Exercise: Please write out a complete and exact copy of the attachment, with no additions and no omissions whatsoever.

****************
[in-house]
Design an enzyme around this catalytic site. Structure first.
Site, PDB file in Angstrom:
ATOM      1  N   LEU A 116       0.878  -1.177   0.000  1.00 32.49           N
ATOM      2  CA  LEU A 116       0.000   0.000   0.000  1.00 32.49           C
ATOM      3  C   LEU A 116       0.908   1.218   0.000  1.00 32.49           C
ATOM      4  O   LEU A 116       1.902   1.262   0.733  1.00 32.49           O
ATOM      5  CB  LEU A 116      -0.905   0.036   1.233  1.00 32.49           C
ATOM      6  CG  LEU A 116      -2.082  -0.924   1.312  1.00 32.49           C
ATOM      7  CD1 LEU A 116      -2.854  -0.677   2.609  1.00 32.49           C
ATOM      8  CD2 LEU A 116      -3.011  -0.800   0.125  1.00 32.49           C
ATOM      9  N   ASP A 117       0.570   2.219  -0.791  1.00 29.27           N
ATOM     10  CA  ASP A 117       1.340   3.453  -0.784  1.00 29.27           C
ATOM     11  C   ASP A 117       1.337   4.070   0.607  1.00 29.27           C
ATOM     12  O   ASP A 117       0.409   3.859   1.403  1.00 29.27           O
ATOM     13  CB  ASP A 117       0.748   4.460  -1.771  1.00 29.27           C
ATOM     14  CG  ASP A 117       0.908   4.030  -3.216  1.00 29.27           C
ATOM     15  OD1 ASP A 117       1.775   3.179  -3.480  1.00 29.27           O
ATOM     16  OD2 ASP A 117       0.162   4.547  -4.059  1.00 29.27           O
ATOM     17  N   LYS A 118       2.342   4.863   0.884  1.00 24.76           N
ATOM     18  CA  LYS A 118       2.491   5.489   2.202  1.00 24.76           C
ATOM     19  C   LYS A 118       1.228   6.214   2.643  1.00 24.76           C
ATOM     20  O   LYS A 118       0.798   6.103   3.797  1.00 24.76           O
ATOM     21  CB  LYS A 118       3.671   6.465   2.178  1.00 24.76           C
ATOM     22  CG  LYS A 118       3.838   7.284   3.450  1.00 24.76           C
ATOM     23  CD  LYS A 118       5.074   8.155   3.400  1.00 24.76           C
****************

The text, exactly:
[in-house]
Design an enzyme around this catalytic site. Structure first.
Site, PDB file in Angstrom:
ATOM      1  N   LEU A 116       0.878  -1.177   0.000  1.00 32.49           N
ATOM      2  CA  LEU A 116       0.000   0.000   0.000  1.00 32.49           C
ATOM      3  C   LEU A 116       0.908   1.218   0.000  1.00 32.49           C
ATOM      4  O   LEU A 116       1.902   1.262   0.733  1.00 32.49           O
ATOM      5  CB  LEU A 116      -0.905   0.036   1.233  1.00 32.49           C
ATOM      6  CG  LEU A 116      -2.082  -0.924   1.312  1.00 32.49           C
ATOM      7  CD1 LEU A 116      -2.854  -0.677   2.609  1.00 32.49           C
ATOM      8  CD2 LEU A 116      -3.011  -0.800   0.125  1.00 32.49           C
ATOM      9  N   ASP A 117       0.570   2.219  -0.791  1.00 29.27           N
ATOM     10  CA  ASP A 117       1.340   3.453  -0.784  1.00 29.27           C
ATOM     11  C   ASP A 117       1.337   4.070   0.607  1.00 29.27           C
ATOM     12  O   ASP A 117       0.409   3.859   1.403  1.00 29.27           O
ATOM     13  CB  ASP A 117       0.748   4.460  -1.771  1.00 29.27           C
ATOM     14  CG  ASP A 117       0.908   4.030  -3.216  1.00 29.27           C
ATOM     15  OD1 ASP A 117       1.775   3.179  -3.480  1.00 29.27           O
ATOM     16  OD2 ASP A 117       0.162   4.547  -4.059  1.00 29.27           O
ATOM     17  N   LYS A 118       2.342   4.863   0.884  1.00 24.76           N
ATOM     18  CA  LYS A 118       2.491   5.489   2.202  1.00 24.76           C
ATOM     19  C   LYS A 118       1.228   6.214   2.643  1.00 24.76           C
ATOM     20  O   LYS A 118       0.798   6.103   3.797  1.00 24.76           O
ATOM     21  CB  LYS A 118       3.671   6.465   2.178  1.00 24.76           C
ATOM     22  CG  LYS A 118       3.838   7.284   3.450  1.00 24.76           C
ATOM     23  CD  LYS A 118       5.074   8.155   3.400  1.00 24.76           C